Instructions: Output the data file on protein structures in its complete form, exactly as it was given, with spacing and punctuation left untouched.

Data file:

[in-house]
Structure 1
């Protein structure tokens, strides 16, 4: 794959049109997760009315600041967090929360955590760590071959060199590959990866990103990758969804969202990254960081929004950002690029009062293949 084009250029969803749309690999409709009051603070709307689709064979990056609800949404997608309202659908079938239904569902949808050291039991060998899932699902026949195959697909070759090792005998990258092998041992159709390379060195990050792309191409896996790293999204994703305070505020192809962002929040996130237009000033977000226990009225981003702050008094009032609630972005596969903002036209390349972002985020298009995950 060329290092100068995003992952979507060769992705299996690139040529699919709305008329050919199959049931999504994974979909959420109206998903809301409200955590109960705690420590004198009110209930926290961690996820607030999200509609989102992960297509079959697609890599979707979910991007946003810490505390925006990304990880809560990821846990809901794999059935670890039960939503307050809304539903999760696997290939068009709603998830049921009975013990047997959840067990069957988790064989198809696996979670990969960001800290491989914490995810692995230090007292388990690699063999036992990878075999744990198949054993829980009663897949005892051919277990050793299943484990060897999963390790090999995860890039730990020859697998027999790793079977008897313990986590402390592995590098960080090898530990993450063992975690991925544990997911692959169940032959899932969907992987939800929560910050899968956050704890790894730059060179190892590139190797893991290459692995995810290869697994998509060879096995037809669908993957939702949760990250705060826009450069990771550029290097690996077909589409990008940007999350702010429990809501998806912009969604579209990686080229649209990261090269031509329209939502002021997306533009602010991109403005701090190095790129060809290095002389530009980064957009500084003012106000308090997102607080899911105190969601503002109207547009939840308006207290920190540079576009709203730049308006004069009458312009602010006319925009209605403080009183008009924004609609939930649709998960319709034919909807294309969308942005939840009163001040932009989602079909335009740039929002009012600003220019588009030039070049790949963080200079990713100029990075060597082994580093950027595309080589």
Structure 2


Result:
[in-house]
Structure 1
């Protein structure tokens, strides 16, 4: 794959049109997760009315600041967090929360955590760590071959060199590959990866990103990758969804969202990254960081929004950002690029009062293949 084009250029969803749309690999409709009051603070709307689709064979990056609800949404997608309202659908079938239904569902949808050291039991060998899932699902026949195959697909070759090792005998990258092998041992159709390379060195990050792309191409896996790293999204994703305070505020192809962002929040996130237009000033977000226990009225981003702050008094009032609630972005596969903002036209390349972002985020298009995950 060329290092100068995003992952979507060769992705299996690139040529699919709305008329050919199959049931999504994974979909959420109206998903809301409200955590109960705690420590004198009110209930926290961690996820607030999200509609989102992960297509079959697609890599979707979910991007946003810490505390925006990304990880809560990821846990809901794999059935670890039960939503307050809304539903999760696997290939068009709603998830049921009975013990047997959840067990069957988790064989198809696996979670990969960001800290491989914490995810692995230090007292388990690699063999036992990878075999744990198949054993829980009663897949005892051919277990050793299943484990060897999963390790090999995860890039730990020859697998027999790793079977008897313990986590402390592995590098960080090898530990993450063992975690991925544990997911692959169940032959899932969907992987939800929560910050899968956050704890790894730059060179190892590139190797893991290459692995995810290869697994998509060879096995037809669908993957939702949760990250705060826009450069990771550029290097690996077909589409990008940007999350702010429990809501998806912009969604579209990686080229649209990261090269031509329209939502002021997306533009602010991109403005701090190095790129060809290095002389530009980064957009500084003012106000308090997102607080899911105190969601503002109207547009939840308006207290920190540079576009709203730049308006004069009458312009602010006319925009209605403080009183008009924004609609939930649709998960319709034919909807294309969308942005939840009163001040932009989602079909335009740039929002009012600003220019588009030039070049790949963080200079990713100029990075060597082994580093950027595309080589």
Structure 2